A second-grader's shooting death turns anguish into anger for the unwitting victims of Chicago's homicide epidemic. With schoolchildren caught in the gang crossfire on the Windy City's mean streets, parents say the only option they have is to keep their children home.
Paul Beaty/Special to the Christian Science Monitor
Only eight blocks separate the home of Heaven Sutton, the second-grader killed June 27 by bullets meant for someone else, and the home of the man charged with shooting her – and between the two stands a gang-riddled neighborhood that both sets of traumatized parents say poses far too many dangers.
This is Austin, a community of brick two-flats and block-shaped apartment buildings on Chicago's West Side, where unemployment is endemic and almost 3 in 10 residents live in poverty. Heaven had lived here with her mother and three older brothers for only 10 months. Jerrell Dorsey, charged with her murder, grew up nearby, in the modest bungalow where his family has lived for 26 years.
Heaven is not the only child to be killed by errant gunfire on the mean streets of Chicago. In the past school year, 24 students were killed and 319 wounded in shootings, police reports show. But the circumstances of her death – she was shot at a candy stand her mother had set up on the front lawn outside their two-flat – have sparked more than the usual muffled cries of anguish. Reports that the gunfire was a gang shooting elicited Mayor Rahm Emanuel's first public comments about the city's mounting homicide count.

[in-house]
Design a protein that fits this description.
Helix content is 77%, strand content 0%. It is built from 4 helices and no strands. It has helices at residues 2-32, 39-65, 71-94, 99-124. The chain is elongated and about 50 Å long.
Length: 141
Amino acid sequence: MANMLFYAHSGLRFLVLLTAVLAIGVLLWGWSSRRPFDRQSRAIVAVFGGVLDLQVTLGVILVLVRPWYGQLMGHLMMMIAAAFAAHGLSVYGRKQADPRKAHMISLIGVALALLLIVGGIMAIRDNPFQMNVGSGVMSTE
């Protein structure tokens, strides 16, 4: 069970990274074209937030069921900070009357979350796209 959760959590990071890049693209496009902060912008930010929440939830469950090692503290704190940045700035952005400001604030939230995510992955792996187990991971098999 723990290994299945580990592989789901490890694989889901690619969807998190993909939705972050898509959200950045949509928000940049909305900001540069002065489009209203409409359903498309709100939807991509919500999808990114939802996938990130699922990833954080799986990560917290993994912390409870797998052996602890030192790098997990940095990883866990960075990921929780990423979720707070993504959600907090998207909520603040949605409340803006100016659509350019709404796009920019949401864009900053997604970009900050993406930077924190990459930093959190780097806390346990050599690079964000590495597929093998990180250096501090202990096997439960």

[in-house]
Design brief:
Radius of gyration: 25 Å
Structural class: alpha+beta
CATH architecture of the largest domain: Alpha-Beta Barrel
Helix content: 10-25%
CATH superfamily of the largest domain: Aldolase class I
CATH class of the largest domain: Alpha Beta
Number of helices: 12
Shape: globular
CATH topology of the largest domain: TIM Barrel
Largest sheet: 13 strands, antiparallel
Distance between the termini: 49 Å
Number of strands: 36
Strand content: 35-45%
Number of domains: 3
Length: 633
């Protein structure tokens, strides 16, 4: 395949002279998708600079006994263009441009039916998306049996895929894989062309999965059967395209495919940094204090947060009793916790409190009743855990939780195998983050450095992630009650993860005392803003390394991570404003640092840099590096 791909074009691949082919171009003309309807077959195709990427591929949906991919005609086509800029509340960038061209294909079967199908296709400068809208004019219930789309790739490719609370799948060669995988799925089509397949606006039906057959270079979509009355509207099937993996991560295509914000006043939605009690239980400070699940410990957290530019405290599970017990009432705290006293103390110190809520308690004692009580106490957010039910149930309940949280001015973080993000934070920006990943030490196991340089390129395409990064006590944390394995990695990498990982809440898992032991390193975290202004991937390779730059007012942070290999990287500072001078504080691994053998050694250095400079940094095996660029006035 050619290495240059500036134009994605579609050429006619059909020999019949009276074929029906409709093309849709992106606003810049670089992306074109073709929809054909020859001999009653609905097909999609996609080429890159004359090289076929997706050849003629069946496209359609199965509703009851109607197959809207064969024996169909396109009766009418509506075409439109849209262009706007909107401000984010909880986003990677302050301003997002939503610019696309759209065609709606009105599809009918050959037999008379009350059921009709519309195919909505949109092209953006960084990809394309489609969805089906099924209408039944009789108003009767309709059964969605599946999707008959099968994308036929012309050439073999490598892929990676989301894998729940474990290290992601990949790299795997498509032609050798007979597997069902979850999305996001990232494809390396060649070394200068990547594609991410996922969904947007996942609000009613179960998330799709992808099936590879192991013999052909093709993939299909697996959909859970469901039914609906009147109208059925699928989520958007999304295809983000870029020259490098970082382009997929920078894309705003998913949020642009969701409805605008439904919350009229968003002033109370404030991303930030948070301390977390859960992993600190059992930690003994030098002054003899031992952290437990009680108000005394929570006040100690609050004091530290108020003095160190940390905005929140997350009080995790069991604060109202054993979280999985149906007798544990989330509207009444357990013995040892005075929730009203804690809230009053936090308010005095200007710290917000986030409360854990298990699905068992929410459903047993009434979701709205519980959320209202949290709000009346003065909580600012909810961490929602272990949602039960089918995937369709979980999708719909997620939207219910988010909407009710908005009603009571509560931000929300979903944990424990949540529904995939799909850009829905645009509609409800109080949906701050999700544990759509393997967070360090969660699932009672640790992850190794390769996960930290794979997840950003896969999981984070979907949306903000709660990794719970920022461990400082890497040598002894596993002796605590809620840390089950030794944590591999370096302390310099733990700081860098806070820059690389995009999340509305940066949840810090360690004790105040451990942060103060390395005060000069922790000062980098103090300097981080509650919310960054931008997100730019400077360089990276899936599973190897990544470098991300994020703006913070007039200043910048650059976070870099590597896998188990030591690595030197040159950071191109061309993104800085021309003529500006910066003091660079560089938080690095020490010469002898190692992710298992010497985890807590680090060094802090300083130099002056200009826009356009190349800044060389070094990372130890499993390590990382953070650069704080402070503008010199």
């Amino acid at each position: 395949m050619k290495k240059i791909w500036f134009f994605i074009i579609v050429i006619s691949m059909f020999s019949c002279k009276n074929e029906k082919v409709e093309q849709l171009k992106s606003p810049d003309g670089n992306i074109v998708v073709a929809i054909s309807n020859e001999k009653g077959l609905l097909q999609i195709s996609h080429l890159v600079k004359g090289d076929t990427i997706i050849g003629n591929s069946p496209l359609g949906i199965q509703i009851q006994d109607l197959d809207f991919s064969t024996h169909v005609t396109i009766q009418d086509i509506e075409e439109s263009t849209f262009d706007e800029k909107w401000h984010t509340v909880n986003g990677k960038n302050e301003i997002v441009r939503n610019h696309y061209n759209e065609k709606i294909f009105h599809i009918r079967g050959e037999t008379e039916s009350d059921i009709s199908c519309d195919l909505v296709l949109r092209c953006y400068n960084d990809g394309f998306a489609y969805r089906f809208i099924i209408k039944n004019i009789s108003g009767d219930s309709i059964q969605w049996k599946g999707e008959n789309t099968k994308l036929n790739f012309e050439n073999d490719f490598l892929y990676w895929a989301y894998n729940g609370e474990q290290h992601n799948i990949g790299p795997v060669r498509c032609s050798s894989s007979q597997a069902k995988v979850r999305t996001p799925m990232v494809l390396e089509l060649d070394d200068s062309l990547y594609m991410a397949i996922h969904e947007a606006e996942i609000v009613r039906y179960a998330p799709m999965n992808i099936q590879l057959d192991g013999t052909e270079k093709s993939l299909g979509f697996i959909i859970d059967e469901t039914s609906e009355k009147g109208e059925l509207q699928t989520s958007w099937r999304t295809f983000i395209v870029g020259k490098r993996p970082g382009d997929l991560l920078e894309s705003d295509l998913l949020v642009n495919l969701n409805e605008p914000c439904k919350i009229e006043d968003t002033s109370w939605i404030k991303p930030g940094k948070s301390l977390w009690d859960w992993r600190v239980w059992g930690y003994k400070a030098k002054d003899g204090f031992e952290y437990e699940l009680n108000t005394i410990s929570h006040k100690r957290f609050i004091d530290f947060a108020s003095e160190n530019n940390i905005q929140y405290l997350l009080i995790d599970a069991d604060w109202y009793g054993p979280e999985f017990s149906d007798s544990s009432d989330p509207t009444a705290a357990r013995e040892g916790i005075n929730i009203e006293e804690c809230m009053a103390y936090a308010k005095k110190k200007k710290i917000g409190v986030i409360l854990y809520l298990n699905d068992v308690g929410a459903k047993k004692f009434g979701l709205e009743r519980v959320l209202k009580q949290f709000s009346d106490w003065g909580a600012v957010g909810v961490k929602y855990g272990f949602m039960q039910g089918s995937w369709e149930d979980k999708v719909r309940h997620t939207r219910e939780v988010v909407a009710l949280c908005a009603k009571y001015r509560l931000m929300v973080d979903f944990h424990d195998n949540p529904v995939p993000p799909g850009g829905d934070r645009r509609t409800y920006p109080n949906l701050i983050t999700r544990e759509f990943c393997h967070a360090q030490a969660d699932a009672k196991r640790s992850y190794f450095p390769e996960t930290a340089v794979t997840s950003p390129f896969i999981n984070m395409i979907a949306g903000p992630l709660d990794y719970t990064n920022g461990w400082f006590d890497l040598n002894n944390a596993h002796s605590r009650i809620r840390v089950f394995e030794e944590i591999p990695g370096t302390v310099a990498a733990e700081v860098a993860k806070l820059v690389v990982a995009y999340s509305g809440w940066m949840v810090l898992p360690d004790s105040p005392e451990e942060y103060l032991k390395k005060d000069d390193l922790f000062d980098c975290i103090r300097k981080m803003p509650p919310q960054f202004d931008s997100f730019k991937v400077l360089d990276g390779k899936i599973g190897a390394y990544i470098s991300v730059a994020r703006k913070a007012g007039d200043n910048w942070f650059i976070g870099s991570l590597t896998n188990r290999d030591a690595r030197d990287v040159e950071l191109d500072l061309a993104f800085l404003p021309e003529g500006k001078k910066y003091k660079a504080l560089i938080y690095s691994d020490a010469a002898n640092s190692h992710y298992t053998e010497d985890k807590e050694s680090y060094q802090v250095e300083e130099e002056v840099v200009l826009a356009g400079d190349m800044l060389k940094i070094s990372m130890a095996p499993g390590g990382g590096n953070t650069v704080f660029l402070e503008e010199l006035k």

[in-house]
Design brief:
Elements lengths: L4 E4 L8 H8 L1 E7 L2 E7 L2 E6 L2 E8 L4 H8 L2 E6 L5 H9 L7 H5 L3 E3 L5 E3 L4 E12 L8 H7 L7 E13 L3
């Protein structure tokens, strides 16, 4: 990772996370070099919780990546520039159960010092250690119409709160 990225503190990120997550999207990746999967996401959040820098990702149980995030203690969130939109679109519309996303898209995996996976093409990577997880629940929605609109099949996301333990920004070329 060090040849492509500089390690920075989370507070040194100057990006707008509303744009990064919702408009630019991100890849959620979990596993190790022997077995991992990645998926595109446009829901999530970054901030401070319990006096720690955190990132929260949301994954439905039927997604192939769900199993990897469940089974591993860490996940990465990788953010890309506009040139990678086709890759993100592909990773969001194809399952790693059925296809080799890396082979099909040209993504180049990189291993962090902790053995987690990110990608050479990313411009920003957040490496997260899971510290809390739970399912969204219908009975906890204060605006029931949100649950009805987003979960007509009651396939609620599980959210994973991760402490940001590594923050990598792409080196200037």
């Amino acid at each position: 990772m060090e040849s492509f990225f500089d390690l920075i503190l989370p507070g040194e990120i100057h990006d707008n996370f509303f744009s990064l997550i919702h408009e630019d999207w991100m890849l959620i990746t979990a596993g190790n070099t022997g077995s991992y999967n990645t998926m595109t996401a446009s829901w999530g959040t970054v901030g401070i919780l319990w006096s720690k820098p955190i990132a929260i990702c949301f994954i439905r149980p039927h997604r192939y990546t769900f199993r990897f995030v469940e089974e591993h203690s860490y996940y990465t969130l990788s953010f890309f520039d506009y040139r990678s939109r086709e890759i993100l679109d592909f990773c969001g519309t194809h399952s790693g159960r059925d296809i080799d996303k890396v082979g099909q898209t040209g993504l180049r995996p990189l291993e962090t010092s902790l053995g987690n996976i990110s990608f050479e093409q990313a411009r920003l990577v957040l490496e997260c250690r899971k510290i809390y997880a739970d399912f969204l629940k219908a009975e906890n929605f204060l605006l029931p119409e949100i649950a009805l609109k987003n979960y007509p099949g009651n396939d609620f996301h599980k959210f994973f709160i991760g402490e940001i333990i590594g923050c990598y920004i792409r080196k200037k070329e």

"This is not about crime. This is about values," he said in a tongue-lashing aimed at the perpetrators.
Heaven's mother, Ashake Banks, appreciates the mayor's personal involvement in the case. "I love him. I really do," Ms. Banks says, standing under the tent of the former candy stand that, filled now with stuffed animals, messages, balloons, and photos, has become a public shrine in Heaven's memory.
Banks characterizes the gang members in this area as "baby thieves" and says the police "need to stop those predators from taking these lives."
She is filled with regret about moving to Austin. But she had lost her job as a beautician, and a friend of her brother's invited her to move into a building he owned. Despite her reservations about moving her children to a neighborhood she knew was violent, Banks says she reluctantly accepted.